In the case of Mahant Jagdish Das v. Emperor, 40 Cri. LJ 27 : (AIR 1938 Pat. 497), it appears that the testimony of the witness went only to this extent that a certain document was in the handwriting of a particular person. The view taken by that Court was that the rest of the job had to be performed by the cross-examiner and that the deposition of the witness could not be deemed inadmissible within the meaning of Section 47 Indian Evidence Act.
Contents of the document are required to be proved:—
In Ramesh Verma v. Smt. Lajesh Saxena, reported in AIR 1998 M.P 46 and Rajasthan Golden Transport Co. v. Lrs. of Amritlal reported in AIR 1998 Rajasthan 153 wherein it has been held that contents are required to be proved.
In Arumugham v. Sundarambal reported in (1999) 4 SCC 350 : AIR 1999 SC 2216 at 2219 : (1999) 3 Indian Civil Cases (SC) 637 and Kartick Prasad Gorai v. Neami Prasad Gorai reported in AIR 1998 Cal. 278 : (1999) 2 Indian Civil Cases (Cal.) 741,. it has been held that the burden of proof is upon the person who alleges to prove the contents.
The words “person executing” – Interpretation of — Privy Council :—
By s. 35 of the Registration Act registration is directed when certain persons have appeared, have been duly identified, and have admitted the execution of the document propounded, and the necessary persons are “the persons executing the document.” The appellant contends that in these words executing means and means only “actually signing.” Their Lordships cannot accept this. A document is executed, when those who take benefits and obligations under it have put or have cause to be put their names to it. Personal signature is not required, and another person, only authorized, may, by writing the name of the party executing, bring about his valid execution, and put him under the obligations involved. Hence the words “person executing” in the Act cannot be read merely as “person signing.” They mean something more, namely the person, who by a valid executionenters into obligation under the instrument. When the appearance referred to is for the purpose of admitting the execution already accomplished, there is nothing to prevent the executing person appearing either in person or by any authorized and competent attorney in order to make a valid admission. Their Lordships have failed to find in the scheme of the Act anything repugnant to this construction. Any other would involve risk of confusion and might even defeat the statutory procedure by multiplying the persons, who have to be traced and induced to attend, either by themselves or by some representative. See. AIR 1928 PC 38 : (1928) 54 Mad LJ 473 (PC) : (1927-28) 32 CWN 629 : ILR (1928) 55 Cal 532 : 1928 MWN 149 — Puran Chand Nahatta v. Monmotho Nath.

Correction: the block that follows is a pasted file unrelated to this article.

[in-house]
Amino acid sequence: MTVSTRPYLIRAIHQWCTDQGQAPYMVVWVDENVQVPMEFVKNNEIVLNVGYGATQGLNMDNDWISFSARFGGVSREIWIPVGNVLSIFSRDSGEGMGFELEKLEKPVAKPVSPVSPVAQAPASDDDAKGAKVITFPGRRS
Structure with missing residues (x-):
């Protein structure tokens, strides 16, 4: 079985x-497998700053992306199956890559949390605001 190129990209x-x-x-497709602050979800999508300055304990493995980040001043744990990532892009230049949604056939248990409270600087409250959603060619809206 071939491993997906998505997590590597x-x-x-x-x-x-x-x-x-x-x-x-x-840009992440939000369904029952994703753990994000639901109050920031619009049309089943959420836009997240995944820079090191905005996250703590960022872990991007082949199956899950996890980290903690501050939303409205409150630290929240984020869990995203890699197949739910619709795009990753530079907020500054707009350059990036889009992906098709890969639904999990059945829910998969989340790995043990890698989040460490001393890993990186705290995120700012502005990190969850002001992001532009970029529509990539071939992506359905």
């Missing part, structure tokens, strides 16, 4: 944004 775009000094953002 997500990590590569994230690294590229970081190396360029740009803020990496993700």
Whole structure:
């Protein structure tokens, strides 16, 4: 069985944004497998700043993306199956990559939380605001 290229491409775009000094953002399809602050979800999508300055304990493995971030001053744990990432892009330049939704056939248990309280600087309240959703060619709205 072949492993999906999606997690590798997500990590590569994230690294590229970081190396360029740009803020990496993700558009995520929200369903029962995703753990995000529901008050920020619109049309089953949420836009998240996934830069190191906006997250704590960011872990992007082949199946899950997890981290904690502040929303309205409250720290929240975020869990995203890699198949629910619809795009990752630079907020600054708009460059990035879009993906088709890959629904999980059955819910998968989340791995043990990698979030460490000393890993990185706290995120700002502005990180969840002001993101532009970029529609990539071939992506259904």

- A document is alleged to be signed by any person the signature must be proved to be in his handwriting. See. Baru Ram v. Prasanni, 1959 SCR 1403.
- Relating to comparison of signature, writing or seal . — See. Suyog v. State of Maharashtra, 2014 SCC OnLine Bom 510.
- This admission of the will in evidence does not mean that it cannot bechallenged or disproved. See. Walter D’Souza v. Anita D’Souza, 2014 SCC OnLine Bom 1671.
- See also. Mohan Lal v. Ajit Singh, (1978) 3 SCC 279; Baru Ram v. Prasanni, 1959 SCR 1403; M.S. Narayana Menon v. State of Kerala, (2006) 6 SCC 39; Rattan Singh v. Nirmal Gill, 2020 SCC OnLine SC 936 ; and Sk. Meheboob v. State of Maharashtra, (2005) 10 SCC 387.
- transfer of immovable property by way of sale can only be by a deed of conveyance … Suraj Lamp & Industries (P) Ltd. (2) v. …, (2012) 1 SCC 656.
- These meanings of the expressions means”, “includes” and means and includes” have been reiterated in Nasiruddin v. State of U.P., (2018) 1 SCC 754.